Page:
PopulationThe study used patients with type 1 or type 2 diabetes, although this difference is unlikely to have effected learning patterns
InterventionAn intervention with a computer drill to reinforce messages from an educational video. The intervention group received additional feedback and information on correct answers when reviewing scores on a test.
ComparisonThis was compared to a control where only the correct answer was shown
OutcomeThe main outcome was the knowledge of diabetes patients about topics relating to self care as defined by the number of correctly answered questions in a multiple choice test post the computer drill. This was evaluated immediately after the drill was completed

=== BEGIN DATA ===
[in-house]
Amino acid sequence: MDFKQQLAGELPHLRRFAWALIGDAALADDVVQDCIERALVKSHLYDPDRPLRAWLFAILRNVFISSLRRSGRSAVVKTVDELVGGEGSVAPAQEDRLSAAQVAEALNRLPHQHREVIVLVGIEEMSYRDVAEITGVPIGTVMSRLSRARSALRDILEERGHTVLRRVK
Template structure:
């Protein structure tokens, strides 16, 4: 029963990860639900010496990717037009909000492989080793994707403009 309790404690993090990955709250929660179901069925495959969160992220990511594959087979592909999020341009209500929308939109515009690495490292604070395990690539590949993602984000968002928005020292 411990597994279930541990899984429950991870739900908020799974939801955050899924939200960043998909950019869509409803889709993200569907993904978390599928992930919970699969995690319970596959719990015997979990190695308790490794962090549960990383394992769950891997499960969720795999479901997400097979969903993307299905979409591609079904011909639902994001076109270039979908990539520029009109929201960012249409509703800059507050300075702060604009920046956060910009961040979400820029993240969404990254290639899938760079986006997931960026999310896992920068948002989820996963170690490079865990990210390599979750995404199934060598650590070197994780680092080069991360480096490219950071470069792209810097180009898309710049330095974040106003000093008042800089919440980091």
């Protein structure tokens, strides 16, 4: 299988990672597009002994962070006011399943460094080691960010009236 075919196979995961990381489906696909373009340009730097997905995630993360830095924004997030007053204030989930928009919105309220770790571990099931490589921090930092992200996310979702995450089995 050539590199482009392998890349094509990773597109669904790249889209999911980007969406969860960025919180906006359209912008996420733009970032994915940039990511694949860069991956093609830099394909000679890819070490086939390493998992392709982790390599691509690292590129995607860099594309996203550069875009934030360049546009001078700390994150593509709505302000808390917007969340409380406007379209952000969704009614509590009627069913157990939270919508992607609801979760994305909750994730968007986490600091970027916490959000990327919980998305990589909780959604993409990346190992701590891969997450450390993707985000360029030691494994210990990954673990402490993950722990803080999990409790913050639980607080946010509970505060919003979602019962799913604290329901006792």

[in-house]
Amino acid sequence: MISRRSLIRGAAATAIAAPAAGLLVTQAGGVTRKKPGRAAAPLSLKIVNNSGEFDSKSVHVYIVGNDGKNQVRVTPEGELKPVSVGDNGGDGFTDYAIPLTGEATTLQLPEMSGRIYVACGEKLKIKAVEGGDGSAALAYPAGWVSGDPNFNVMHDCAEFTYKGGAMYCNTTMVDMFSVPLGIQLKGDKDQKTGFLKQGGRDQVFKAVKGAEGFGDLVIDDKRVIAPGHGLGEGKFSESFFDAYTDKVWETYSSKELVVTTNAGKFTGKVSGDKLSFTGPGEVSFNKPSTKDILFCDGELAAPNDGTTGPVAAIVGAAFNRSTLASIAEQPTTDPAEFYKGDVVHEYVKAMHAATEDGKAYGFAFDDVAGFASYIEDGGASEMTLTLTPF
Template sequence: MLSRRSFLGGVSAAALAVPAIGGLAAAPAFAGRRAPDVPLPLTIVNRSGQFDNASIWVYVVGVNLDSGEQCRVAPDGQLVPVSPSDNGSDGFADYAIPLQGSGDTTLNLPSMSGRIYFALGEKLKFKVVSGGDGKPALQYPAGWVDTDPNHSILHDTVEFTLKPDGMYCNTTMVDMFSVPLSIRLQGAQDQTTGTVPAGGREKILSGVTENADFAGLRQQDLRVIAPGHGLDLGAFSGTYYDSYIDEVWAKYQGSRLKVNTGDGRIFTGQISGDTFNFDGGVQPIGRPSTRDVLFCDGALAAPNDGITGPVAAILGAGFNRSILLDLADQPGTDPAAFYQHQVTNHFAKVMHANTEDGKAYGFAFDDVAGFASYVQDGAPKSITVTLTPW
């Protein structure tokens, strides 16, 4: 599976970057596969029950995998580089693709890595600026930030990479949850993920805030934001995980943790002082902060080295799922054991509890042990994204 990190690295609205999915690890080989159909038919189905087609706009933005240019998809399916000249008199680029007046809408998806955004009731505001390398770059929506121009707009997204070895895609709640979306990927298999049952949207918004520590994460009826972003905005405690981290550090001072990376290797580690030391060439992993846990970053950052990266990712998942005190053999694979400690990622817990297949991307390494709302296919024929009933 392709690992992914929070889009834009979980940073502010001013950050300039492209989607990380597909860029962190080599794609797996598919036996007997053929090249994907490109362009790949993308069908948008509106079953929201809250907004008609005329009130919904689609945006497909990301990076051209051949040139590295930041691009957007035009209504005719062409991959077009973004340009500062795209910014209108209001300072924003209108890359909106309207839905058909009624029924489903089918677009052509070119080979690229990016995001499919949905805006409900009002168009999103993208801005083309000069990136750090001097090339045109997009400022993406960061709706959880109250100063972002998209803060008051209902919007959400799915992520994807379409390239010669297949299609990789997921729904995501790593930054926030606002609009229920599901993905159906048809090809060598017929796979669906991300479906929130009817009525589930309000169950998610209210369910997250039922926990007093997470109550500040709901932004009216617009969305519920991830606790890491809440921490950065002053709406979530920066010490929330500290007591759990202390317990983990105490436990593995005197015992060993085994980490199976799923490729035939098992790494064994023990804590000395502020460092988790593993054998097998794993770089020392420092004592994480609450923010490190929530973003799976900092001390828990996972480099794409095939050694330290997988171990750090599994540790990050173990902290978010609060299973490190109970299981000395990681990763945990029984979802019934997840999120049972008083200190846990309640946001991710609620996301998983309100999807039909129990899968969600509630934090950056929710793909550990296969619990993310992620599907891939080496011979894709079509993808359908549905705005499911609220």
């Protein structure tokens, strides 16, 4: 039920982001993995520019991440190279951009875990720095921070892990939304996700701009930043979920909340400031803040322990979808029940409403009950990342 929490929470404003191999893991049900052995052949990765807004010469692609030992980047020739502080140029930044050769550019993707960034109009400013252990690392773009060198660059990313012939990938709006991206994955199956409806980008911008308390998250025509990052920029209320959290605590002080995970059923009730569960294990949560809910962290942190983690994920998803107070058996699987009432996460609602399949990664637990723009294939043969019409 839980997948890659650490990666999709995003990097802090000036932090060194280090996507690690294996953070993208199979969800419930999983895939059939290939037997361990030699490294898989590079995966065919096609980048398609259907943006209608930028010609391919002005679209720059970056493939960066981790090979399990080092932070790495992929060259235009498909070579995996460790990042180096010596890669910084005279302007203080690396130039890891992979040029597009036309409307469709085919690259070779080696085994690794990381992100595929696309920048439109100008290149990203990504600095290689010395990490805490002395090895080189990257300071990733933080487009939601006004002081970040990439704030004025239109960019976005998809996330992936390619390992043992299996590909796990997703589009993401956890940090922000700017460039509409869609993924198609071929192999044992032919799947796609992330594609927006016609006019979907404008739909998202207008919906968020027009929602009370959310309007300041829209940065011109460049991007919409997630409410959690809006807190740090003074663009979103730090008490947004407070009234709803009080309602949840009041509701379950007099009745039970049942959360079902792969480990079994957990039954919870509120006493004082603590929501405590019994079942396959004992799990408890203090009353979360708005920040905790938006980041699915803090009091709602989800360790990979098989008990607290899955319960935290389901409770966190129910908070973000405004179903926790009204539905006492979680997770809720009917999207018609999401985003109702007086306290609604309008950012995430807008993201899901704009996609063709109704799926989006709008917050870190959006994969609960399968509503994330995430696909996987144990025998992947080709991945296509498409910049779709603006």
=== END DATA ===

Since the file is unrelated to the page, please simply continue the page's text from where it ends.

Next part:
CharacteristicsAge =35 to 60 yrs, duration of diabetes =3 to 27 yrs
ResultsThe patients in the complex corrective feedback arm scored significantly better on the post drill test than those in the conventional drill arm (p=0.005). However changes from baseline knowledge not discernable
There were no significant differences in attitude ratings to the computer drill between the study arms
Hierarchy of Evidence GradingIb
CommentsOutcomes are measured by a multiple-choice quiz on diabetic self-care knowledge with 20 questions. This was piloted and the internal reliability of this was tested and found to be at 0.86. Satisfaction levels were measured by a self-completed Likert scale based questionnaire.
The lack of pre-test comparison of knowledge between the groups may have produced more positive results for the feedback mechanism drill than the standard drill if patients in this group had better baseline understanding, the only entry criteria was scoring 3 or less on a screening multiple choice test.
Lack of blinding may have led to more positive feedback being reported among people in the intervention arm as they may perceive to have benefited from a novel approach